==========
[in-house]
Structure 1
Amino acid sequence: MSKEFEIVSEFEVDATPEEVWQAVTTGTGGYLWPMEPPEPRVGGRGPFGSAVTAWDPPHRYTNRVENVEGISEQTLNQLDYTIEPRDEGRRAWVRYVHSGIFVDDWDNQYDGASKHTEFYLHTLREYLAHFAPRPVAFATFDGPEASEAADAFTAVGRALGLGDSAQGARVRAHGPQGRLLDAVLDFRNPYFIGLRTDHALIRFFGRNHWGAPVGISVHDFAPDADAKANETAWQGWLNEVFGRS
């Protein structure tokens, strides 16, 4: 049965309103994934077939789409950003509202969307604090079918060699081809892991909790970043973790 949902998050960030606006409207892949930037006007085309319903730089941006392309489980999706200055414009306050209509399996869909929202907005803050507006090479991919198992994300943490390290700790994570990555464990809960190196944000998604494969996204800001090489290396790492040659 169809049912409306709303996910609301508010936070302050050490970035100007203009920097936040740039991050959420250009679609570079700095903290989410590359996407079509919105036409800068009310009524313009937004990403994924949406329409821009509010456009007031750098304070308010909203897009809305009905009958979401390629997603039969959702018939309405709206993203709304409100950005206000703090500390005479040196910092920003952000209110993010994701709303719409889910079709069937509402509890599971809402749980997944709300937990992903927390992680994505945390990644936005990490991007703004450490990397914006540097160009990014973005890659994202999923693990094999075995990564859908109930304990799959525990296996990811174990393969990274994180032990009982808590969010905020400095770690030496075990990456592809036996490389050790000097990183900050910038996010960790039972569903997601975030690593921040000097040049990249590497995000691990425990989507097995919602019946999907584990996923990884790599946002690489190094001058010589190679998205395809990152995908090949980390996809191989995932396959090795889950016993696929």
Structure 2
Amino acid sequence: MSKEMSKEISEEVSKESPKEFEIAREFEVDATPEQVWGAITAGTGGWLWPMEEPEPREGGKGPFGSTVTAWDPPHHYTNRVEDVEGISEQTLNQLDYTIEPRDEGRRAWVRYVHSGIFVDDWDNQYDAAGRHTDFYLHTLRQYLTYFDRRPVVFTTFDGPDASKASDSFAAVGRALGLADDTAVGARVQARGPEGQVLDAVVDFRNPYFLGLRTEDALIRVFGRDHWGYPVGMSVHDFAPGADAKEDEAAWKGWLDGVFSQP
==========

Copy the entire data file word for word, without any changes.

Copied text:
[in-house]
Structure 1
Amino acid sequence: MSKEFEIVSEFEVDATPEEVWQAVTTGTGGYLWPMEPPEPRVGGRGPFGSAVTAWDPPHRYTNRVENVEGISEQTLNQLDYTIEPRDEGRRAWVRYVHSGIFVDDWDNQYDGASKHTEFYLHTLREYLAHFAPRPVAFATFDGPEASEAADAFTAVGRALGLGDSAQGARVRAHGPQGRLLDAVLDFRNPYFIGLRTDHALIRFFGRNHWGAPVGISVHDFAPDADAKANETAWQGWLNEVFGRS
């Protein structure tokens, strides 16, 4: 049965309103994934077939789409950003509202969307604090079918060699081809892991909790970043973790 949902998050960030606006409207892949930037006007085309319903730089941006392309489980999706200055414009306050209509399996869909929202907005803050507006090479991919198992994300943490390290700790994570990555464990809960190196944000998604494969996204800001090489290396790492040659 169809049912409306709303996910609301508010936070302050050490970035100007203009920097936040740039991050959420250009679609570079700095903290989410590359996407079509919105036409800068009310009524313009937004990403994924949406329409821009509010456009007031750098304070308010909203897009809305009905009958979401390629997603039969959702018939309405709206993203709304409100950005206000703090500390005479040196910092920003952000209110993010994701709303719409889910079709069937509402509890599971809402749980997944709300937990992903927390992680994505945390990644936005990490991007703004450490990397914006540097160009990014973005890659994202999923693990094999075995990564859908109930304990799959525990296996990811174990393969990274994180032990009982808590969010905020400095770690030496075990990456592809036996490389050790000097990183900050910038996010960790039972569903997601975030690593921040000097040049990249590497995000691990425990989507097995919602019946999907584990996923990884790599946002690489190094001058010589190679998205395809990152995908090949980390996809191989995932396959090795889950016993696929």
Structure 2
Amino acid sequence: MSKEMSKEISEEVSKESPKEFEIAREFEVDATPEQVWGAITAGTGGWLWPMEEPEPREGGKGPFGSTVTAWDPPHHYTNRVEDVEGISEQTLNQLDYTIEPRDEGRRAWVRYVHSGIFVDDWDNQYDAAGRHTDFYLHTLRQYLTYFDRRPVVFTTFDGPDASKASDSFAAVGRALGLADDTAVGARVQARGPEGQVLDAVVDFRNPYFLGLRTEDALIRVFGRDHWGYPVGMSVHDFAPGADAKEDEAAWKGWLDGVFSQP